What is LiveData?

LiveData is part of Android Architecture Components released by Google. It is an Observable(it follows observer pattern) class that holds data of type that you specify. If you have worked with RxJava, it is similar to an Observable. In case of Observables you have to dispose them off manually but LiveData is lifecycle aware and will do all the cleanup on its own(If you are new to Architecture Components then read about Lifecycle before reading this article any further).

LiveData takes in an observer and notifies it about data changes only when it is in STARTED or RESUMED state. (Again, if you don’t understand what these states mean and please read the article on Lifecycle). After reading this article you must go through the official docs on LiveData.

Adding LiveData to your project

In your app level gradle file, add the following dependency.

In your project level gradle file, make sure you have google() in the repositories section.

Creating LiveData

In my experience LiveData are best suited with ViewModel(another architecture component) which we will learn about in next tutorial.

LiveData holds a value which you provide it and you can get the value by observing the LiveData. To manually set the value of a LiveData  object, you will have to use a different class called MutableLiveData . MutableLiveData inherits LiveData, here is the class from SDK.

It provides you with two functions, setValue  and postValue , you should call setValue  if you are updating the value from MainThread, if you are updating the value from a different thread, then you must use postValue .

Now code with me! In your MainActivity layout file, create a TextView and a Button.

Get a reference to the TextView and Button in your Java file.

Create a new MutableLiveData that holds data of type String .

Now lets observe the  MutableLiveData we created for changes, whenever the value contained by this MutableLiveData changes, we will set the contained value to our TextView.

We call the method observe  on our MutableLiveData which takes two parameters, LifecycleOwner and a Observer. We passed our activity in the first parameter as we already know that our activity implements LifecycleOwner interface.

Now lets change the value of MutableLiveData manually. We will assign a new random string to MutableLiveData whenever the Button is clicked.

Whenever you press the Button you will see that the value in TextView changes.

Why would I do that?

Now I can suppose you might be thinking that we could have assigned the value directly to TextView rather than doing all this hopping with LiveData. The advantage with LiveData is that when your activity goes into any state other than STARTED or RESUMED it will not call the onChanged  method on the observer. Suppose that the String that LiveData got was from a network call, now if your activity gets destroyed before the result from network call is received LiveData will not dispatch the result and would prevent any crashes. Sweet!

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Extending LiveData

You can also create LiveData by extending the LiveData  class. By doing this you will be able to change the value only from within the class and not from outside of it.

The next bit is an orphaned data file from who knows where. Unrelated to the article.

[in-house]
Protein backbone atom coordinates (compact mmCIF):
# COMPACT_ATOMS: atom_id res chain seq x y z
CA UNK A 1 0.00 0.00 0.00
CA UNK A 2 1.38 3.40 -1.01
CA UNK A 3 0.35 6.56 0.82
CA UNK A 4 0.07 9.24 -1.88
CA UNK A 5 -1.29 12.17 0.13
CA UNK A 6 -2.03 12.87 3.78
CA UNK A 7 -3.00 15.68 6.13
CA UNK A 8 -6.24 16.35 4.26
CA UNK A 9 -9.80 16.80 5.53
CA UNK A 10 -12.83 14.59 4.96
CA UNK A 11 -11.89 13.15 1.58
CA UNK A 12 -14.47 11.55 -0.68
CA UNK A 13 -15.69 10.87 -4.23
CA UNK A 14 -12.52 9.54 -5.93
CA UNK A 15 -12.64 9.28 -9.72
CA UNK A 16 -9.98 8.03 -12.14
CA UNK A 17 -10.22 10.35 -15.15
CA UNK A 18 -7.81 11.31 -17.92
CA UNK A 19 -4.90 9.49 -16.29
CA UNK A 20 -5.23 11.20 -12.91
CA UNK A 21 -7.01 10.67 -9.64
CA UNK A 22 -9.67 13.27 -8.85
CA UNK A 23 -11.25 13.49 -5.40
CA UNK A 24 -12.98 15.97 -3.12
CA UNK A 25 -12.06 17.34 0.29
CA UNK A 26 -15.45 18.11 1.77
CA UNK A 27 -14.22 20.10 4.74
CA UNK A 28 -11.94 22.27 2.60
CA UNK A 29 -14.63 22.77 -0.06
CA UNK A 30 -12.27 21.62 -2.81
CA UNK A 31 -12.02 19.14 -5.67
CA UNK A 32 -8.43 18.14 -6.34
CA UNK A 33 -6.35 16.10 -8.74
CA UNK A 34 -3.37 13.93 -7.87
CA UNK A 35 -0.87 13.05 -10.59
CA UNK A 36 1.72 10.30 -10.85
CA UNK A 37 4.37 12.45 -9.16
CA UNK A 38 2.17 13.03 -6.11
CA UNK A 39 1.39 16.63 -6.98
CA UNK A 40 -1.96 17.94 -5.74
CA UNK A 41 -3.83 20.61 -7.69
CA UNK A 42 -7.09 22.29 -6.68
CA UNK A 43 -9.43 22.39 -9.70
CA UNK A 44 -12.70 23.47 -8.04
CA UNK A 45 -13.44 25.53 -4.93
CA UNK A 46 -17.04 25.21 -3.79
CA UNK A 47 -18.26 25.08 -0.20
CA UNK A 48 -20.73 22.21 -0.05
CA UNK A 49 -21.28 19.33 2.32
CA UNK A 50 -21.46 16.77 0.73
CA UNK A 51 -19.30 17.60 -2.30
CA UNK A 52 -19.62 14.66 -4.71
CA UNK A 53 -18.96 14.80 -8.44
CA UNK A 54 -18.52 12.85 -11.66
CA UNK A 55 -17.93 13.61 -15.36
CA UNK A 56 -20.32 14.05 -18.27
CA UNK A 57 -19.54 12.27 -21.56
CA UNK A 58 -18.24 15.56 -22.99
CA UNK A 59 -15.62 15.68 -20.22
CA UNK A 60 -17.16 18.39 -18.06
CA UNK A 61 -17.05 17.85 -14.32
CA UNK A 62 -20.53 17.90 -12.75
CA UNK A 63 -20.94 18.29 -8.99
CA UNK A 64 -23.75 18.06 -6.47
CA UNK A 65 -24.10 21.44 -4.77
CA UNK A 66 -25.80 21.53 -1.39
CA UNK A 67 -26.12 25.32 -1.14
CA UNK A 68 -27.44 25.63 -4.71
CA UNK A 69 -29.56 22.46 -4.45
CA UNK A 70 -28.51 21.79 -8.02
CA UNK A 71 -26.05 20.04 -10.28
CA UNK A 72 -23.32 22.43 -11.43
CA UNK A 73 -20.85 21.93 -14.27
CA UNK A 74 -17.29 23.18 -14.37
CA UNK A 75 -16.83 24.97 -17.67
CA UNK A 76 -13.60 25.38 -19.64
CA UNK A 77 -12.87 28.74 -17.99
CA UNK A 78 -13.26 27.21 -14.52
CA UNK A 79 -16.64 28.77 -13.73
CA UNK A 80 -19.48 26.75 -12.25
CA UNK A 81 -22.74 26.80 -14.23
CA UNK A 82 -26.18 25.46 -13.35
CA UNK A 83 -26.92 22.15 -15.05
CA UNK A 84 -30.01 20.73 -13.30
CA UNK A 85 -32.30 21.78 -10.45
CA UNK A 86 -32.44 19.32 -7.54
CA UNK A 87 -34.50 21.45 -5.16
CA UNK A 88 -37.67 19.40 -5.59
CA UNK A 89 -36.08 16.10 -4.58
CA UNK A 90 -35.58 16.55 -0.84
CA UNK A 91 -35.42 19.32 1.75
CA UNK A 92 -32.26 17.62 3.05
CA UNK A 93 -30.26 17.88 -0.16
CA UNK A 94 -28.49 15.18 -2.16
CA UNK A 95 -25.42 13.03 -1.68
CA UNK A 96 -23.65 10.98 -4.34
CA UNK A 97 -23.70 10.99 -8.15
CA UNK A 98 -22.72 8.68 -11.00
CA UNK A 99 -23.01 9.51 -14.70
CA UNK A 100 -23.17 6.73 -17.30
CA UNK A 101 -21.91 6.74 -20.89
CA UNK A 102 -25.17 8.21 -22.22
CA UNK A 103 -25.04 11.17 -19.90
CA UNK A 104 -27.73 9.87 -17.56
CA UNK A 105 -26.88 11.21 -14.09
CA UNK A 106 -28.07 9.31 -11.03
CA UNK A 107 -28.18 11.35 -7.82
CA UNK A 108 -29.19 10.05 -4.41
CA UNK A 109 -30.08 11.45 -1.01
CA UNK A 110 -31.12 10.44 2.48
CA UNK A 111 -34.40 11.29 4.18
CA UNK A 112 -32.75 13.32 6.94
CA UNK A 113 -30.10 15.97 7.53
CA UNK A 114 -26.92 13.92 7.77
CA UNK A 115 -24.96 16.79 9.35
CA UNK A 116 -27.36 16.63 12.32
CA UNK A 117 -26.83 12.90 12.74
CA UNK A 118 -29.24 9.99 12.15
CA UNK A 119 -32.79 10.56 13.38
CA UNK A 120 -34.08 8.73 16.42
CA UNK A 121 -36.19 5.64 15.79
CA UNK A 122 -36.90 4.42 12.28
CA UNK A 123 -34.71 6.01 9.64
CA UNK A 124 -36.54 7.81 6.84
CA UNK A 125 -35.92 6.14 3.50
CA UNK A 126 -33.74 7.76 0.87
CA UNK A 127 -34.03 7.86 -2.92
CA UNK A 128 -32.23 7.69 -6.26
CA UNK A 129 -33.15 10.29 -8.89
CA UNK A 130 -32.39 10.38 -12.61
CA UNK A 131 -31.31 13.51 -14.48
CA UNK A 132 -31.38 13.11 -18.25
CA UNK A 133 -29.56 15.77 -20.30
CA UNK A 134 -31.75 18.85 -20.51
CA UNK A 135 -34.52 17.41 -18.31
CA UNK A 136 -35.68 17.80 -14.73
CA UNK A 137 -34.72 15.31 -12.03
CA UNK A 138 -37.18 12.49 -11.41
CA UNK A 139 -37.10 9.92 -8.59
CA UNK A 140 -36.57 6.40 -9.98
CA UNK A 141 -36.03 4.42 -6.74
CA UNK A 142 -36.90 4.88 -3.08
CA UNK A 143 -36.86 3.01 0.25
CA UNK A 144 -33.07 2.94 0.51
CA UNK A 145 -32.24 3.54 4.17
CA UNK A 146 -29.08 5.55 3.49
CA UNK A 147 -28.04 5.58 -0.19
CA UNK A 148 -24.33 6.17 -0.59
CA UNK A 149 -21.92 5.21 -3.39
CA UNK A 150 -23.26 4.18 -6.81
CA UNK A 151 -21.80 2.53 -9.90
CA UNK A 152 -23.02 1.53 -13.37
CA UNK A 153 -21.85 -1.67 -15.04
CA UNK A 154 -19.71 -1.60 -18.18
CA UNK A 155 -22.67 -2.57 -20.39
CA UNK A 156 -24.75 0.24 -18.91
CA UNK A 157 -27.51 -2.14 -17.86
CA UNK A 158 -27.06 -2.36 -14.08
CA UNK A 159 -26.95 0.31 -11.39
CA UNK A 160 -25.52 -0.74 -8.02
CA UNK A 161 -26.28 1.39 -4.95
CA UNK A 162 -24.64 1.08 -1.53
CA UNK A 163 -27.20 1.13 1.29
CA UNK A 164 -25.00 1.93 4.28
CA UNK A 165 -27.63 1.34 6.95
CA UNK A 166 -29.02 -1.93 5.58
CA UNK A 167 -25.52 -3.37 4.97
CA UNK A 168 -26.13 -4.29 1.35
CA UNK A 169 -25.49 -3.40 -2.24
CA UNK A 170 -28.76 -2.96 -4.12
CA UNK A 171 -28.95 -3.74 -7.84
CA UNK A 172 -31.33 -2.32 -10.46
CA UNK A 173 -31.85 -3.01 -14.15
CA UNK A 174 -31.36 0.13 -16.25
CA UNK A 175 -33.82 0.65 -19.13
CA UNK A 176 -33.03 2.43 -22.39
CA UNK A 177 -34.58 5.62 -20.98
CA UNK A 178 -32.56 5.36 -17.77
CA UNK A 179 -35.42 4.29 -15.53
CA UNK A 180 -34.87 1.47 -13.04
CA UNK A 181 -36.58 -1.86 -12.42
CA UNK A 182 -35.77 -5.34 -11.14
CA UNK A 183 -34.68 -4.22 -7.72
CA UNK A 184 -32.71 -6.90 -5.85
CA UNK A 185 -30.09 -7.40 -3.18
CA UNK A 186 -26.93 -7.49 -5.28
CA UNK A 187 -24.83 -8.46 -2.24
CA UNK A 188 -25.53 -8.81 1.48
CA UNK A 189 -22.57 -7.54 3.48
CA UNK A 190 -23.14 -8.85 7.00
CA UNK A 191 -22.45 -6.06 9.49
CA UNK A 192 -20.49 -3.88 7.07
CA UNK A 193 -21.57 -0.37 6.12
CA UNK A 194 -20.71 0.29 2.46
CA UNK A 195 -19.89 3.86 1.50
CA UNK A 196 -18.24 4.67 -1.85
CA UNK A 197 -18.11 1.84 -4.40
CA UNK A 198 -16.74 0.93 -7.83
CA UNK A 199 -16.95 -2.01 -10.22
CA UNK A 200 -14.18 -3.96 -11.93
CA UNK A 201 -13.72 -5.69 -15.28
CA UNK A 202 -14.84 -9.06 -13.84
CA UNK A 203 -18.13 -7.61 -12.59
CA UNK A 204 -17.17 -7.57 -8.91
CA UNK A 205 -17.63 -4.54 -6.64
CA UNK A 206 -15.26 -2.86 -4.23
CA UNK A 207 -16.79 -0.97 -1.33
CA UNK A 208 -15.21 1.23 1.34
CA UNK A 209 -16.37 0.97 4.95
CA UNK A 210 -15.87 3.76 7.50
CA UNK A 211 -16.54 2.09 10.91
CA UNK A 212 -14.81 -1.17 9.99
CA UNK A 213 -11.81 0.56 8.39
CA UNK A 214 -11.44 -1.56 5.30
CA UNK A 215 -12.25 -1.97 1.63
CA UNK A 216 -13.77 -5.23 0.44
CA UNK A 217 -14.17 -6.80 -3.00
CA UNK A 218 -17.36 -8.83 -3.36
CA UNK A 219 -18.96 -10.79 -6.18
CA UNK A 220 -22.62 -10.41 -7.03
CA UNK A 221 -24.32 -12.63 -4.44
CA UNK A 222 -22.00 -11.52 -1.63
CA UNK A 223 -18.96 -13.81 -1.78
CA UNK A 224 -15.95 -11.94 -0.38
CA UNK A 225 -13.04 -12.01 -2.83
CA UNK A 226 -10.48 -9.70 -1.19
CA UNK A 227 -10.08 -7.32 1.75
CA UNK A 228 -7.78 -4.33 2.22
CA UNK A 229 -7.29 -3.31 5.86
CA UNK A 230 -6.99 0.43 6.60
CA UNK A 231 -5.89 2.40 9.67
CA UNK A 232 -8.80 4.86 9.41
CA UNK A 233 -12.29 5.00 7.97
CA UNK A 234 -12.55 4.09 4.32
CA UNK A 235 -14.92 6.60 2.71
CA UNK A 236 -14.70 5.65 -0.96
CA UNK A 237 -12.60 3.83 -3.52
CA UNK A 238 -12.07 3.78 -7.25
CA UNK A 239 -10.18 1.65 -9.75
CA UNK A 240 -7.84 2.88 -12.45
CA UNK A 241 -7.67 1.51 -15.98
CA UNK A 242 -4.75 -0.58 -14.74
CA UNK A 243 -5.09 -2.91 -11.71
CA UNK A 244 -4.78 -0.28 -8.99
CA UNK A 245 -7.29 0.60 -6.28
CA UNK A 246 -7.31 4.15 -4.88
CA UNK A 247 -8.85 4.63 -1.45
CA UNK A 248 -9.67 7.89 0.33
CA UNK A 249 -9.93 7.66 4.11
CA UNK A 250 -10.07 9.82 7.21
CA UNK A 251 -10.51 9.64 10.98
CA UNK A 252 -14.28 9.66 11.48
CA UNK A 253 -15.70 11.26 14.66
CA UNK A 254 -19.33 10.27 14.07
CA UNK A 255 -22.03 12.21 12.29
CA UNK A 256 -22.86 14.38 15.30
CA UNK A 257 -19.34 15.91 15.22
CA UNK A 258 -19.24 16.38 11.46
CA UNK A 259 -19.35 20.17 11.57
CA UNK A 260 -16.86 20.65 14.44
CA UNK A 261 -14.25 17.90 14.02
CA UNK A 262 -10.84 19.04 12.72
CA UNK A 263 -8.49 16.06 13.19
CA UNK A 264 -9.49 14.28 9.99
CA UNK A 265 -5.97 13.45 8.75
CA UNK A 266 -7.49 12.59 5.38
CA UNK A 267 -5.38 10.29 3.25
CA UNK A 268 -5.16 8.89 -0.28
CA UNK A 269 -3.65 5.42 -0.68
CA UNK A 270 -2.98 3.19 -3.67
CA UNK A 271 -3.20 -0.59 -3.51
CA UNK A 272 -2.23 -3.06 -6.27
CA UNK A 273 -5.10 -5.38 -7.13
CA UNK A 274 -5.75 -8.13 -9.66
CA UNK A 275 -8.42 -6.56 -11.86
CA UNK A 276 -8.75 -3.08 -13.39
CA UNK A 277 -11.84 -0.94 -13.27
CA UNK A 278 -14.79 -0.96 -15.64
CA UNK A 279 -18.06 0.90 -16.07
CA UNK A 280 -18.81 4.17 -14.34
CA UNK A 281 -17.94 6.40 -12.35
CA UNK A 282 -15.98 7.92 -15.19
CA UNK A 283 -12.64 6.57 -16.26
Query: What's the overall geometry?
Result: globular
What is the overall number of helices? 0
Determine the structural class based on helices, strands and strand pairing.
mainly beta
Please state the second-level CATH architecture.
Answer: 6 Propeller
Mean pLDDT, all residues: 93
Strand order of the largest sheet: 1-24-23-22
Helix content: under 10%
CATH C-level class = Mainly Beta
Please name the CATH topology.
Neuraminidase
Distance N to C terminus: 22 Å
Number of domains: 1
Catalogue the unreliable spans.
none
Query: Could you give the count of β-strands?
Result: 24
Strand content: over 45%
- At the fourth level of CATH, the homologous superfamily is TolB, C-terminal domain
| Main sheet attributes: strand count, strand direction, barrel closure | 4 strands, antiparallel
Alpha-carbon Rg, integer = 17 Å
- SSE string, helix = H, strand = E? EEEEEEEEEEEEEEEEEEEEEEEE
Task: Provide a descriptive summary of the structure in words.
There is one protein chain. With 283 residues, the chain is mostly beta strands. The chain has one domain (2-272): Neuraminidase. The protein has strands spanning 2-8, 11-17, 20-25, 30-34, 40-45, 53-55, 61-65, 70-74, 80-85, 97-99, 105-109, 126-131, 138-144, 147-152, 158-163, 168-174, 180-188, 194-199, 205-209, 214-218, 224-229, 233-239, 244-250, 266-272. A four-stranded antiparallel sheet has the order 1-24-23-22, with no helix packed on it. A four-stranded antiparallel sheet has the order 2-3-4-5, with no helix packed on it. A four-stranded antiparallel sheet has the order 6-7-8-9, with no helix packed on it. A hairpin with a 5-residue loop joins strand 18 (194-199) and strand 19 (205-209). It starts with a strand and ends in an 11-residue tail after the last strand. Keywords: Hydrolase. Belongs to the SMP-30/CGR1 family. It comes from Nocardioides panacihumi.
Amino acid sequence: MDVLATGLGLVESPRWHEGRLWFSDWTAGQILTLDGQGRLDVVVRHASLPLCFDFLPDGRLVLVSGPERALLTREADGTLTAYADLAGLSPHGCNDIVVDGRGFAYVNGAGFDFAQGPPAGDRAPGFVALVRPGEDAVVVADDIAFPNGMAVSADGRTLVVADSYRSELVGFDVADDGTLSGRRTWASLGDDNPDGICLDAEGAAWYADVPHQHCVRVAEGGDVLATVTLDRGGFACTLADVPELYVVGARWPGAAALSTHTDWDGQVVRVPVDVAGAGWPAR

Lets say we have a  RealtimeDataSource that dispatches an Integer value after random intervals and we want to observe this emitted value. We will wrap our  RealtimeDataSource class in a LiveData class.

We add a listener to the  RealtimeDataSource and use the setValue method provided by LiveData to update the value.

As you can see we have overridden two functions  onActive() and  onInactive() . onActive is called when the LiveData has an active observer. onInactive is called when the LiveData has no active observers. Obviously to save network resources we only want to listen to the Realtime data when we have some active observer listening for it. So we register the listener in onActive and remove it in onInactive.

Merging result from different LiveData into one

You can merge results from different LiveData into one using MediatorLiveData . Suppose we have two LiveData objects emitting the value of a certain stock. One LiveData objects emits values from a particular source and the other from a different source. Now we want listen to the result from both of them and also want to neglect the result from second LiveData if it is less than 10.

MediatorLiveData takes in two parameters, first is the LiveData which you want MediatorLiveData to observe, second is the callback that will be triggered when the data in LiveData(passed in the first parameter) changes. You can see above we are listening changes to two different LiveData objects.

We also need to set the data to MediatorLiveData so that the Observers listening to it can be notified. Observing MediatorLiveData is same as LiveData.

By doing this you will receive results from different LiveData in the same callback. You can also use MediatorLiveData for the purpose of intercepting results from LiveData.


Transformations class provide you with functions with which you can change the value in your LiveData object. Currently only 2 functions are provided in this class,  map and  switchMap .

map() allows you to apply changes to each value as they are emitted by the LiveData. Here is an example from the docs where a User  object is mapped to get the compete name.

swithMap  returns a new LiveData object rather than a value, i.e. it switches the actual LiveData for a new one. Here is an example from official docs, where a userId is switched to get the User object corresponding to the ID.

That is it for LiveData, now I would urge you to go and read the official docs.

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Gurleen Sethi

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